While citizens find encouragement in the EPA’s new guidance, they also recognize the fact that mountaintop removal is still allowed and that a new administration could rescind this guidance. To make curtailment of mountaintop removal last, CRMW and other citizen groups are still pushing the Clean Water Protection Act (CWPA) in the U.S. House of Representatives and the Appalachia Restoration Act (ARA) in the Senate, which would curtail mountaintop removal.. The CWPA presently has 170 cosponsors and the ARA has 11. This progress is largely due to citizen lobby days sponsored by the Alliance for Appalachia, a 13-group regional coalition of which Coal River Mountain Watch is a core member. The Alliance conducts an annual lobby week, providing training and congressional meetings for approximately 200 citizens, and several mini-lobby events throughout the year. The Alliance also arranges meetings with government agencies, such as the EPA and the Office of Surface Mining Reclamation and Enforcement.

Appalachian Transition

We still need your help to ensure that the changes taking place through EPA regulation stick. Anyone can take action and sign our petition at Citizens all over the country can ask the EPA to deny any valley fill permits on Coal River Mountain that may be submitted, and everyone can contact their U.S. representatives and senators and ask them to support the Clean Water Protection Act and the Appalachia Restoration Act.

Coalfield communities need options for employment and livelihood beyond coal. The focus should be on giving them a choice and providing measures and incentives to support the development of those choices. It is time to turn our eyes toward Appalachia as an engine of transition and a model of sustainability, rather than a source of sorrow. If that means that the rest of the country has to pay a higher price for electricity due to a strengthening of oversight and enforcement of coal mine regulations, and if it means having more of our tax dollars go toward supporting economic transition in the coalfields, then for the sake of the miners and the future of Central Appalachian communities, that is a price we should be willing and honored to pay.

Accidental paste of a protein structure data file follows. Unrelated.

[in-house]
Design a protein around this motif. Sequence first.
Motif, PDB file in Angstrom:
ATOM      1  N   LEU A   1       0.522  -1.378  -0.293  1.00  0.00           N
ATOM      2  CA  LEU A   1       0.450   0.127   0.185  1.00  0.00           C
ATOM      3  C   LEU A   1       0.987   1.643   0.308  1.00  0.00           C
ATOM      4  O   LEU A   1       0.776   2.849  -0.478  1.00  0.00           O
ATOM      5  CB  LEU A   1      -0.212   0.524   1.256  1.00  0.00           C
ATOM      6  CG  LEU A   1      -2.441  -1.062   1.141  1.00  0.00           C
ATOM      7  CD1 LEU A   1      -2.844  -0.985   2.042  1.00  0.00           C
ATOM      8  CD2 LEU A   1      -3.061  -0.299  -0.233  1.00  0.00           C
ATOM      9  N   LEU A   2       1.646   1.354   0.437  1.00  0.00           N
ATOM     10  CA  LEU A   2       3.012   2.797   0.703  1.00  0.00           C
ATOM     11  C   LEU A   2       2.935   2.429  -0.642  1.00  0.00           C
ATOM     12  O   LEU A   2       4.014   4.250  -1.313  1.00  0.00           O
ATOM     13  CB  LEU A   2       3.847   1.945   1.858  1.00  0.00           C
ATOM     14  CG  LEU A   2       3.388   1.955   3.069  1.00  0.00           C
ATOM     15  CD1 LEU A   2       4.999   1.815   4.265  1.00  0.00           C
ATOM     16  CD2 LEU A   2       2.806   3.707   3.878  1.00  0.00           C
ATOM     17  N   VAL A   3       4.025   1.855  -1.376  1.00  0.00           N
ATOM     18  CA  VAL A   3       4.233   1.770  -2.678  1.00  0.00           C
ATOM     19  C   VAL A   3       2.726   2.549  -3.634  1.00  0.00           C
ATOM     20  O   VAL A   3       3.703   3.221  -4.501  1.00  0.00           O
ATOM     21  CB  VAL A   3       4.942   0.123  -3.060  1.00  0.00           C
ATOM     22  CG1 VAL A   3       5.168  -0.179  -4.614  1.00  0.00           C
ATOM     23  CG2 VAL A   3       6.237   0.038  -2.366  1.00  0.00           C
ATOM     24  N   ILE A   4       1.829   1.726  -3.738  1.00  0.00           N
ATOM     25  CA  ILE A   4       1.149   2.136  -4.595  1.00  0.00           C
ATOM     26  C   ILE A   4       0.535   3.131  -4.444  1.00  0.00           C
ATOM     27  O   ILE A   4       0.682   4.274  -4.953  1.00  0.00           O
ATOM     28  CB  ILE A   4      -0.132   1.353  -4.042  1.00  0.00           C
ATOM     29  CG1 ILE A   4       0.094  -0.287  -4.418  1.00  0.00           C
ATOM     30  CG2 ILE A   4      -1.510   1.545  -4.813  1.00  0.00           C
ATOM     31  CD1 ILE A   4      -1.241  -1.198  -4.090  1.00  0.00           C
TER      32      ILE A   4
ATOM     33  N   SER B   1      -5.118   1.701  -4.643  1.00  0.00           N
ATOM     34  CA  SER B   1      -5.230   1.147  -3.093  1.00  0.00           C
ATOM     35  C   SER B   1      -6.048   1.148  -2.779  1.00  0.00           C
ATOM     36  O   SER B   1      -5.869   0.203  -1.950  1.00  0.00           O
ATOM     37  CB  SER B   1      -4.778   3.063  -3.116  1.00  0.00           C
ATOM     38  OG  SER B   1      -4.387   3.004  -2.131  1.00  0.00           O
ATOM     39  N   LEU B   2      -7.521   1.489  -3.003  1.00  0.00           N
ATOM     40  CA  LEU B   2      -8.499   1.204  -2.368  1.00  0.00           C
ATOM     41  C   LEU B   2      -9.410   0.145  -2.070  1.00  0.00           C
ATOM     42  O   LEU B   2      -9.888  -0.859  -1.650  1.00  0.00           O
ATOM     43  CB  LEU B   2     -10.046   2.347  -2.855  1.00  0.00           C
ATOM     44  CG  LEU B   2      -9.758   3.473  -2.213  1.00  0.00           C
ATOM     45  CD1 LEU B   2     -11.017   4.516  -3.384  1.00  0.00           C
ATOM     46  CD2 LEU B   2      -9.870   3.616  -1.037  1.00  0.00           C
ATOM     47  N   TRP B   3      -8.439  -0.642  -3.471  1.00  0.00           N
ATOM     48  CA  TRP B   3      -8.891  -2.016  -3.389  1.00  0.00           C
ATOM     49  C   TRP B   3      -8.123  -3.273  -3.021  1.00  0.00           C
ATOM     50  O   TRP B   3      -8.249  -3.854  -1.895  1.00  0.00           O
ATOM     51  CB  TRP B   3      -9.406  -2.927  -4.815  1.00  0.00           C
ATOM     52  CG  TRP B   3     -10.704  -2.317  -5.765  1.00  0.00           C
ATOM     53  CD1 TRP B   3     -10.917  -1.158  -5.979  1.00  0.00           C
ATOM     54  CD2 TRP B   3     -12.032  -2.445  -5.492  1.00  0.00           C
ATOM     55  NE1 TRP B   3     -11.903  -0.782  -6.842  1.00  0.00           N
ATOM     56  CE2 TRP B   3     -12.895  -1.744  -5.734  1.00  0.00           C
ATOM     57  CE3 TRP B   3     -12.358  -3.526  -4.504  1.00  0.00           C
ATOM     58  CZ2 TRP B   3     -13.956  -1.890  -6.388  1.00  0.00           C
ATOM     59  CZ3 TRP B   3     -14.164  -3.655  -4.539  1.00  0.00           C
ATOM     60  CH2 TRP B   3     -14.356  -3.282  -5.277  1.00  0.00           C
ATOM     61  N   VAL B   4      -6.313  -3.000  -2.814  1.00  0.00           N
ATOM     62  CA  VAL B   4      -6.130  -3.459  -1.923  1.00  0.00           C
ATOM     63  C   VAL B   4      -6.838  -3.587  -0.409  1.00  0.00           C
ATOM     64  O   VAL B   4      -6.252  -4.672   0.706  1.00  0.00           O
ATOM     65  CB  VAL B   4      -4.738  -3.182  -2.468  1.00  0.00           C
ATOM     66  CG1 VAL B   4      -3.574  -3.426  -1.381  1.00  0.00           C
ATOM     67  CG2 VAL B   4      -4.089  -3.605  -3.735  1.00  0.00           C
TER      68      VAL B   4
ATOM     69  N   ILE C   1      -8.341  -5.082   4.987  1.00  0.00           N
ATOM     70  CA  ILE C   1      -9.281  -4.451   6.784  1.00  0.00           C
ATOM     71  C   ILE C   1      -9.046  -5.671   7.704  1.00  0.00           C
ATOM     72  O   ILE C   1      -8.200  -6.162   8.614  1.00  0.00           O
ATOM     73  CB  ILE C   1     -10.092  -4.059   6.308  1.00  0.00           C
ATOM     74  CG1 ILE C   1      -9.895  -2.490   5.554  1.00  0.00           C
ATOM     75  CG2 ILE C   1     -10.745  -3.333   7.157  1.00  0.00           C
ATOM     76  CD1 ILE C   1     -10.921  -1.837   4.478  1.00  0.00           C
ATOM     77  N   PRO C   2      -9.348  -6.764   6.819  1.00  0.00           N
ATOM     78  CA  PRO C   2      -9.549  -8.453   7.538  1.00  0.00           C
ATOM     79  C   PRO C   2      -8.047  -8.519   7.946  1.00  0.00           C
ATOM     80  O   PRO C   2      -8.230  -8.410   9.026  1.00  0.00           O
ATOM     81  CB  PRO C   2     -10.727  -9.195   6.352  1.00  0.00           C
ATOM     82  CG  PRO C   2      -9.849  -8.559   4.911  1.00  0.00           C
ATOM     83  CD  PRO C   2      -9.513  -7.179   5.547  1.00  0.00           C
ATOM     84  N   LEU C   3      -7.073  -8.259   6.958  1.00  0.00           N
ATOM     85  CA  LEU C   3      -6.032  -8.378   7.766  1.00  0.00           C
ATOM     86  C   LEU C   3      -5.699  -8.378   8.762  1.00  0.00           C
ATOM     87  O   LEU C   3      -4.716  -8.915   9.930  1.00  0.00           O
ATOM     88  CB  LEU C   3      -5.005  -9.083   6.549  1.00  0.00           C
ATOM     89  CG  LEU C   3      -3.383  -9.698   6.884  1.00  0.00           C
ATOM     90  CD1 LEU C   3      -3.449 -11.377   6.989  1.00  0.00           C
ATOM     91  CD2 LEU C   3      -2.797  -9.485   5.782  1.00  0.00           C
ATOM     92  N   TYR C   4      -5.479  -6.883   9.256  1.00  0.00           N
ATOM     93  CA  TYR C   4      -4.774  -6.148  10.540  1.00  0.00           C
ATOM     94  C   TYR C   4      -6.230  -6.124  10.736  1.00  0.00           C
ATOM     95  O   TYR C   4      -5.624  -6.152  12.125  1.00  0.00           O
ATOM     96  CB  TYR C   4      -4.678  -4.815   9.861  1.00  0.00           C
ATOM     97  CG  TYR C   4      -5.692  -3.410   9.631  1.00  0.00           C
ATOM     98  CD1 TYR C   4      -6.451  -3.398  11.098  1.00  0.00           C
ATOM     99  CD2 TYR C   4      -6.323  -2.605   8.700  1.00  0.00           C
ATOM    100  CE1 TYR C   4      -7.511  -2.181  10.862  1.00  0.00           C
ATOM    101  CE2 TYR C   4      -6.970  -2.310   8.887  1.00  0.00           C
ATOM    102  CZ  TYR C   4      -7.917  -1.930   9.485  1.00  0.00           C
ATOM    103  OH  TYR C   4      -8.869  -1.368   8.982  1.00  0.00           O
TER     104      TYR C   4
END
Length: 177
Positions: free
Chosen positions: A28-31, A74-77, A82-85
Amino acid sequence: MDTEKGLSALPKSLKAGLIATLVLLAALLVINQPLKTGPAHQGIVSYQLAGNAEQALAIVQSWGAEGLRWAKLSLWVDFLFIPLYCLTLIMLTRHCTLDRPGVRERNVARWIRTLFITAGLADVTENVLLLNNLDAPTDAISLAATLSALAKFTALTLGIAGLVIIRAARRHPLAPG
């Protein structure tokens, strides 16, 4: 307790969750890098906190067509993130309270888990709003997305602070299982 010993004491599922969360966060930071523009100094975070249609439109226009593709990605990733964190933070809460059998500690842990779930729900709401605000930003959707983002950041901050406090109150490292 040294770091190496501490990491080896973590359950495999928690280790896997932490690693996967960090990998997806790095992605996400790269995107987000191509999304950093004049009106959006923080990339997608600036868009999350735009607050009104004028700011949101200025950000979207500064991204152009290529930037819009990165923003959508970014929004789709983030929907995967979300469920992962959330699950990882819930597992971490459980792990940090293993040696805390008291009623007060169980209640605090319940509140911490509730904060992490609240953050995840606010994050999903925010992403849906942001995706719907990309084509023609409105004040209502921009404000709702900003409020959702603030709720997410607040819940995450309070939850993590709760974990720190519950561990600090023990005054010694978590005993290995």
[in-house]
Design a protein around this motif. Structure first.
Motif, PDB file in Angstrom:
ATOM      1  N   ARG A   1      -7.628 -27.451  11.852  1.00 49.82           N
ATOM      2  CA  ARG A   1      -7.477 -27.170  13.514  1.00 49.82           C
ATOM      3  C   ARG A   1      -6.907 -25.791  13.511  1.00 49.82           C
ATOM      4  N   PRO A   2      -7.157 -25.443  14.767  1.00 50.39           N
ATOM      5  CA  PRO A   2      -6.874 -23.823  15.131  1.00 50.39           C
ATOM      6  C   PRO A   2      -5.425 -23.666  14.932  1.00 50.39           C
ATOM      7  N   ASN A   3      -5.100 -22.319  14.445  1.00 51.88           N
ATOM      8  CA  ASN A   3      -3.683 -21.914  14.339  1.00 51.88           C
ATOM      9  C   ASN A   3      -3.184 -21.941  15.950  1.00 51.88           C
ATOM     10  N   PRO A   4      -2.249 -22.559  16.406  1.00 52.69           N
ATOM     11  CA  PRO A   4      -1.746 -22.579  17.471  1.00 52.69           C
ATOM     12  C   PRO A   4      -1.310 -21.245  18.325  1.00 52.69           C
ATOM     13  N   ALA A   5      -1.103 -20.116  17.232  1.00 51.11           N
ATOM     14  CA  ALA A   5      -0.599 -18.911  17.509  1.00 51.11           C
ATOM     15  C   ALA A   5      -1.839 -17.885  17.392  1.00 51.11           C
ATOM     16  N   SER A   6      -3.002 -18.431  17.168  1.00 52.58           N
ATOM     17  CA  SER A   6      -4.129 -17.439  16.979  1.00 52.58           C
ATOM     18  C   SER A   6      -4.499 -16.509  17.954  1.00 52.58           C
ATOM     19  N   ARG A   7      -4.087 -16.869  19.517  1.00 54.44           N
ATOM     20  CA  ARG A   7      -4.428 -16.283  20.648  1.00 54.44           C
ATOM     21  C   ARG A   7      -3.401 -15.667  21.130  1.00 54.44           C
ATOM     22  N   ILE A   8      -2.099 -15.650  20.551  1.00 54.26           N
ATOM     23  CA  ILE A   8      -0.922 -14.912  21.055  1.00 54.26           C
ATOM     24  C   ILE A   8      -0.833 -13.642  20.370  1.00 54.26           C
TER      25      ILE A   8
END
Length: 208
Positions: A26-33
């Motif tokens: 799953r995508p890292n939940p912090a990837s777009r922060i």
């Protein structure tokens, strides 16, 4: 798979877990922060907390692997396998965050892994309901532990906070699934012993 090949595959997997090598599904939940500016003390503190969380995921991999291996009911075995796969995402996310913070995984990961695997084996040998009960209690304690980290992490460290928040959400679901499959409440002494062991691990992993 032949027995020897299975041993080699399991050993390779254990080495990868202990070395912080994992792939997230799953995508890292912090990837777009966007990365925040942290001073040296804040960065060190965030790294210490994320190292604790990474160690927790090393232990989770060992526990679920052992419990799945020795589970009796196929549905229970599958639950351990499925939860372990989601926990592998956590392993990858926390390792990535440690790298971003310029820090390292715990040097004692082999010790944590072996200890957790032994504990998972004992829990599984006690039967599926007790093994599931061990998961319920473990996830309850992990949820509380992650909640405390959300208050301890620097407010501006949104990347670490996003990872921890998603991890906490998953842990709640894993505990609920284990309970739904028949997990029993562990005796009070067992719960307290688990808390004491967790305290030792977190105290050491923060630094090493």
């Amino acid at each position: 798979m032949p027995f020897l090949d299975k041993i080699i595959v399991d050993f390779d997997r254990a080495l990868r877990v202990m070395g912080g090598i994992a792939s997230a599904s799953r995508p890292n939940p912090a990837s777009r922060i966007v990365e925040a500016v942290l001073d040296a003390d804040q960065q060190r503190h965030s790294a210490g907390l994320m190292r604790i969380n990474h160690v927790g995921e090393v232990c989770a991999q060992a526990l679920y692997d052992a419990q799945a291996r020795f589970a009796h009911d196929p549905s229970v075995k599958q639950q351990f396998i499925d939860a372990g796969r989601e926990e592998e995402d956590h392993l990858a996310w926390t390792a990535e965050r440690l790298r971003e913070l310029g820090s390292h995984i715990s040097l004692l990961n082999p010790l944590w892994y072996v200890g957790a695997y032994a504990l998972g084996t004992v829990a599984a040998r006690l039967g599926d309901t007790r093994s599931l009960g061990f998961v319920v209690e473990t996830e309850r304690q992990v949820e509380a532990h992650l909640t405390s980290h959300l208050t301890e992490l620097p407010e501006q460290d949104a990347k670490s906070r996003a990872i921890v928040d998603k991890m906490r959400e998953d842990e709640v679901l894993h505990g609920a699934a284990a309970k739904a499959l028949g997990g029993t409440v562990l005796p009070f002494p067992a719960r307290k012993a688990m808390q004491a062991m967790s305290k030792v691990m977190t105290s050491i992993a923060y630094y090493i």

Eventually, more likely sooner than the rosy estimates of the coal industry, the coal is going to run out. According to the federal Energy Information Administration, coal production in Central Appalachia is expected to decline by nearly half within the next 10 years due to the depletion of the most accessible, lowest-cost coal seams. Another report by Downstream Strategies, titled “The Decline of Central Appalachian Coal and the Need for Economic Diversification,” notes that “should substantial declines occur as projected, coal‐producing counties will face significant losses in employment and tax revenue, and state governments will collect fewer taxes from the coal industry.” Without a strong focus on supporting economic transition in Central Appalachia, local economies will rapidly decline along with coal production.

Because of this, the report suggests that “state policymakers across the Central Appalachian region should…take the necessary steps to ensure that new jobs and sources of revenue will be available in the counties likely to experience the greatest impact from the decline. While there are numerous options available, the development of the region’s renewable energy resources and a strong focus on energy efficiency offer immediate and significant opportunities to begin diversifying the economy.”

The decisions we make now in the region will determine whether we make the best use of those renewable resources or squander the opportunity, whether we provide for long-term sustainability for communities or ravage them, and whether we preserve a planet that can support our civilization or plummet headlong into climate catastrophe. Coal River Mountain still stands as a majestic, tangible symbol of these clear choices, but it requires the decision of more citizens to make that phone call, write that letter, make that donation, and turn off that light in order to remain standing.